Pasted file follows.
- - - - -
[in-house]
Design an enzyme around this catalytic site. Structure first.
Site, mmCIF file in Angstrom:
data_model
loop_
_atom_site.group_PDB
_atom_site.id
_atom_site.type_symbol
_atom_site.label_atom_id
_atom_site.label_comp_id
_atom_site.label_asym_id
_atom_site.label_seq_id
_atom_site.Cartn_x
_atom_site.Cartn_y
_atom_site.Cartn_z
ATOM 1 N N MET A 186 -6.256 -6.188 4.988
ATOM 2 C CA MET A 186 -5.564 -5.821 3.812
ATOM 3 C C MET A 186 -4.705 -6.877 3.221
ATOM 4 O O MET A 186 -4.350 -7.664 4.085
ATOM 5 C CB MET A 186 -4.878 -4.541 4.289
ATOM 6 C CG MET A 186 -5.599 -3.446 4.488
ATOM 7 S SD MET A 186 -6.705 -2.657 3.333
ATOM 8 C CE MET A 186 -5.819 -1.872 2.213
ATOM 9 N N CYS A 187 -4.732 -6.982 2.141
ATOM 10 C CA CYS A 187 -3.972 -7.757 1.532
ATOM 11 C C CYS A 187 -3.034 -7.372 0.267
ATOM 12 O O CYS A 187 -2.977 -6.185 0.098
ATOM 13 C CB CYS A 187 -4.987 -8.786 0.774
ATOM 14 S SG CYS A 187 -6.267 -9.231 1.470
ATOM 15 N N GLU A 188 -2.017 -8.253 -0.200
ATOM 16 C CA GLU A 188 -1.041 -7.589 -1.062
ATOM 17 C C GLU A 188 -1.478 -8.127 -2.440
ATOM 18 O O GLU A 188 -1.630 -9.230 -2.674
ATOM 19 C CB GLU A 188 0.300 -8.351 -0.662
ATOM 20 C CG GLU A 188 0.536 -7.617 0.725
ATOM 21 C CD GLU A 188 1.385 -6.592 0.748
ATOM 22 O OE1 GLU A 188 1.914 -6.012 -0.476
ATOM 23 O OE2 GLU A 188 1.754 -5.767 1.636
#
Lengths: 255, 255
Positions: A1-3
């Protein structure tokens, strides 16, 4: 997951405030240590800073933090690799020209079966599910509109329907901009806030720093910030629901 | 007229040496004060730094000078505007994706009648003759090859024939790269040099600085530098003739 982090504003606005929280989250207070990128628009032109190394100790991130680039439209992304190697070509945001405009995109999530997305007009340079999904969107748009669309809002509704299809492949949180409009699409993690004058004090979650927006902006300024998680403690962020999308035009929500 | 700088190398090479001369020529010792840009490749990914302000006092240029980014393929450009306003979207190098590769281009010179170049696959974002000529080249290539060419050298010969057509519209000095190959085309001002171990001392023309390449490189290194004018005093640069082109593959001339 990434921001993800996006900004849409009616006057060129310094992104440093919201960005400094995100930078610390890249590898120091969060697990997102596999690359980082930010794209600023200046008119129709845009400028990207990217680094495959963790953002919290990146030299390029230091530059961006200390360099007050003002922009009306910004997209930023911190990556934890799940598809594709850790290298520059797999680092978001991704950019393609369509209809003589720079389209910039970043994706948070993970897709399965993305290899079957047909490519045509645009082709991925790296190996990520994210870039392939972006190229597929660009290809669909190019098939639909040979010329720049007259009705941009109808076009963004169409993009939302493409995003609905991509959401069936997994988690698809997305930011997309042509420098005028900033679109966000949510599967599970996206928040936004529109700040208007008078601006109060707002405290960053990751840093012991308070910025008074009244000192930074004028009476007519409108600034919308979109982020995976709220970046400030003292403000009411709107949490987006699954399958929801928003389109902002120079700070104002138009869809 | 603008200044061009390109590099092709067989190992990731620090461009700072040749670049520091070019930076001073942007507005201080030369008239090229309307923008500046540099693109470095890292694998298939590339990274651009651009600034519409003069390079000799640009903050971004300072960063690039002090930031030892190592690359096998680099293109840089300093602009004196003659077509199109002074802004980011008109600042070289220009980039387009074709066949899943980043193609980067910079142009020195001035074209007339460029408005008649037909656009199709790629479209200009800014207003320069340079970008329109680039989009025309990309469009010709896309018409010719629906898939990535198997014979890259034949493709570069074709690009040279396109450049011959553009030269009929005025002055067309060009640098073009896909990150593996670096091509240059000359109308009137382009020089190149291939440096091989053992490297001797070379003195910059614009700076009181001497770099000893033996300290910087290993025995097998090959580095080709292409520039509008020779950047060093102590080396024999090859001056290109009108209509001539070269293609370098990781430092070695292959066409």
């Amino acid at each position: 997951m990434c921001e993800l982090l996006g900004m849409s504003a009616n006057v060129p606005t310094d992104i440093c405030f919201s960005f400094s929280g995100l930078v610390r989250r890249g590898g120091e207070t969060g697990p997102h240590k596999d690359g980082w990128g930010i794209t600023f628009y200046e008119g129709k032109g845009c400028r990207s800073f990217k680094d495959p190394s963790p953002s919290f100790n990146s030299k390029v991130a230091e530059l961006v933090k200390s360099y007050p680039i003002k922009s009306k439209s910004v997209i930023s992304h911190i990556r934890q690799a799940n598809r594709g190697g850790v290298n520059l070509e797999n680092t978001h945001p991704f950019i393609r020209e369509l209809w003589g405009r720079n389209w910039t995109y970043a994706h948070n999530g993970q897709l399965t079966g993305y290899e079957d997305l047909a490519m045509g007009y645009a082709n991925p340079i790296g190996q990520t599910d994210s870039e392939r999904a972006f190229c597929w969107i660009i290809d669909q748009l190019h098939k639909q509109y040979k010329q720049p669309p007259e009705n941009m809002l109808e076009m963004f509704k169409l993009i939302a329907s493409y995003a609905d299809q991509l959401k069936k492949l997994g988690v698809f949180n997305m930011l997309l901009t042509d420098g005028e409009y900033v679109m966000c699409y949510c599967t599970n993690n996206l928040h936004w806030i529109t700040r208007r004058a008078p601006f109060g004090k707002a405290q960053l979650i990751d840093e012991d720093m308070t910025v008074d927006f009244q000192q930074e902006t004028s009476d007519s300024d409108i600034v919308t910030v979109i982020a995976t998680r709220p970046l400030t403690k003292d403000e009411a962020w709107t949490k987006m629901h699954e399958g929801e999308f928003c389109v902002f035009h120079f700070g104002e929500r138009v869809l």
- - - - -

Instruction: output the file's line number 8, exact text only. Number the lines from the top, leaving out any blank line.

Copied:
_atom_site.type_symbol